Open the Control Panel and click on "Add/Remove Programs". You should find the application listed under "Cursor Clock". Select it then click "Add/Remove...". This will delete all the program files.

Note the following installation Check List (nobody really trusts uninstall software, do they?):


How to Use It

There is not much to using the Cursor Clock. Once it is installed and running you can just leave it alone. There are only two display options: 12-hour or 24-hour clock formats. The default is 12-hour format.

When the Cursor Clock is running its icon will appear on the tray of the taskbar. This lets you know it's active and this gives you a way to access the Cursor Clock menu. To display the Cursor Clock menu just double-click or right-click on the Cursor Clock icon.

taskbar tray taskbar tray popup menu
double-click or right-click on the Cursor Clock icon to display the popup menu

The popup menu is self-explanatory, but just to be pedantic I'll explain the selections anyway:


About The Source Code

This source code is written entirely in Visual Basic 5. Extensive calls are made to the Windows API (user32, gdi32, kernel32, and shell32.dll).

One interesting thing you should notice is that I coded all the bitmap resources in the Basic source code itself. I was trying to cut down on the library dependencies. Coding the bitmaps inline let me avoid the Standard OLE types. Specifically, I was trying to avoid using StdPicture. The bitmaps are small and black and white so they were easy to code manually.

The Cursor Clock applications is made up of the following files.

  1. form_main.frm
    The project uses form_main as the startup object. All the initialization occurs in the Form_Load event. This form creates instances of the CursorClock class and the NotifyIcon class.
  2. form_about.frm
    The About form implements the about dialog box which can be opened from the popup menu. This form displays the license information, contact information, and allows the user to start the default web browser and display the application home page (see the URLShell class).
  3. CursorClock.cls
    The CursorClock class manages the cursor resources, bitmaps, and details of creating cursors from raw bitmaps and modifying the normal system cursor using SetSystemCursor. CursorClock can read the current time and build a new cursor to show the time. This class also contains the bitmap image resources. Normally these resources would be found in a separate resource binary file.
  4. NotifyIcon.cls
    The Notify Icon class registers an icon on the taskbar tray.
  5. URLShell.cls
    The URLShell class opens an URL using the default browser
  6. kernel32_process.bas
    The kernel32_process module defines functions to the kernel32 process and thread API. These functions are used in the Form_Load event of form_main to lower the default process priority of Cursor Clock. A lower process priority lets Cursor Clock be nice to other "more important" applications that may be running. If you write a screen saver, then you usually want to do this. This really isn't necessary for Cursor Clock since it only modifies the cursor every 60 seconds, but I figured it was good in principle. You never know when one little app is going to send a heavily loaded system into swap thrashing.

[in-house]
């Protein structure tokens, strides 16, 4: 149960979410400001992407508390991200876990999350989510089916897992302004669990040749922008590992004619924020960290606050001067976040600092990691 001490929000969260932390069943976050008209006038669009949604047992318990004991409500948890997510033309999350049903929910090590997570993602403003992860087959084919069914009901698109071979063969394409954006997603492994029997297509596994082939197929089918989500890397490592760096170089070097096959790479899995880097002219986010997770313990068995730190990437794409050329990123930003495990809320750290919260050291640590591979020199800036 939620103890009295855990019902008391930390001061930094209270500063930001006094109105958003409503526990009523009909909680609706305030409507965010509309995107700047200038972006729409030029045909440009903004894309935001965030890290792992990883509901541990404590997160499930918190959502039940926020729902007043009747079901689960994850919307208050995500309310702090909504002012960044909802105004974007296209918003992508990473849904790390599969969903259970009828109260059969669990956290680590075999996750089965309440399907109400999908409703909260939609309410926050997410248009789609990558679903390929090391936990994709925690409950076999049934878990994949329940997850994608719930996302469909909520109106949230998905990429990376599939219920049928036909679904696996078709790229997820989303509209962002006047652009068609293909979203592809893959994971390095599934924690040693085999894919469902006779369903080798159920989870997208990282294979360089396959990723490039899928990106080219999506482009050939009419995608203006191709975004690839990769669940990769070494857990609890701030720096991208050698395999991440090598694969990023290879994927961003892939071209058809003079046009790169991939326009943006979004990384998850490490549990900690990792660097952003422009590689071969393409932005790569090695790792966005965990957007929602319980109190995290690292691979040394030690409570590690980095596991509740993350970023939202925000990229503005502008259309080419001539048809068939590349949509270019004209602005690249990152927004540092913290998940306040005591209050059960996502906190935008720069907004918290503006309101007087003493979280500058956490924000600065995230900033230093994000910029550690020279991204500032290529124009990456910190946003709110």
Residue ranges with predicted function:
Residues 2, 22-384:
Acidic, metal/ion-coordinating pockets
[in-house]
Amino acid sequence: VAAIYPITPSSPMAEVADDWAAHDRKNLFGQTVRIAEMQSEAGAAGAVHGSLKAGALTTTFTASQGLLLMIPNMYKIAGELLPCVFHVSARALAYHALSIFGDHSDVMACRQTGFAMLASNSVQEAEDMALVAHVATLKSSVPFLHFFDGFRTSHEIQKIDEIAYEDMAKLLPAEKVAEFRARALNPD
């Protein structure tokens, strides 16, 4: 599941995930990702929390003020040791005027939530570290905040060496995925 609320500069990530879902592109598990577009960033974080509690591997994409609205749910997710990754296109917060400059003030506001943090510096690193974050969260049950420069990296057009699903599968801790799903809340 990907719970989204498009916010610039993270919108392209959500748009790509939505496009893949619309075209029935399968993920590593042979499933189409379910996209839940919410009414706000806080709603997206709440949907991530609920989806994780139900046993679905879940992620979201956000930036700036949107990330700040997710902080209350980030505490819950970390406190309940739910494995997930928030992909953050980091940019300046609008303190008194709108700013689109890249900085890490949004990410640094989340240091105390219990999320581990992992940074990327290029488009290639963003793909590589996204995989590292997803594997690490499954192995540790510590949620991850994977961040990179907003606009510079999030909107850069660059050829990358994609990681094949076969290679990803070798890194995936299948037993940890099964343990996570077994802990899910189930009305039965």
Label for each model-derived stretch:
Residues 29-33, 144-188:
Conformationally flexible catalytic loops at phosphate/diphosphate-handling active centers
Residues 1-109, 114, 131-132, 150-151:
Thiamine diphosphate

Known Bugs

I am aware of only two minor, harmless bugs.

Mouse appears as a big black box under Windows XP or 2000

This occurs because the pointer shadow is turned on. The pointer shadow is incompatable with Cursor Clock. The pointer shadow is easily turned off by following these instructions:

  1. Go to the Control Panel and double-click on "Mouse" applet. The "Mouse Properties" window should open.
  2. Click the "Pointers" tab.
  3. At the lower-left you should see a check box called "Enable pointer shadow".
  4. UNCHECK this box to disable pointer shadow.
  5. Hit OK on the window and you should see the Cursor Clock.

Cannot Restore Original Animated Cursor

This occurs under the following situation:

The bug is that the original animated cursor will not be restored. Instead, a static cursor will be restored that shows a single frame of the animated cursor. This change is not permanent. If the user logs out the animated cursor will be restored when the user logs back in.


Updates and Bug Fixes

There was a Bug in the 1.0 version that caused CursorClock to leak memory only under Windows95. The leak was pretty slow, so you would only notice it if you left your machine on over night. Under WinNT the SetSystemCursor() function will automatically delete the cursor resource after it has been set, but under Win95 it does not. The resource must be deleted manually or a memory leak will result.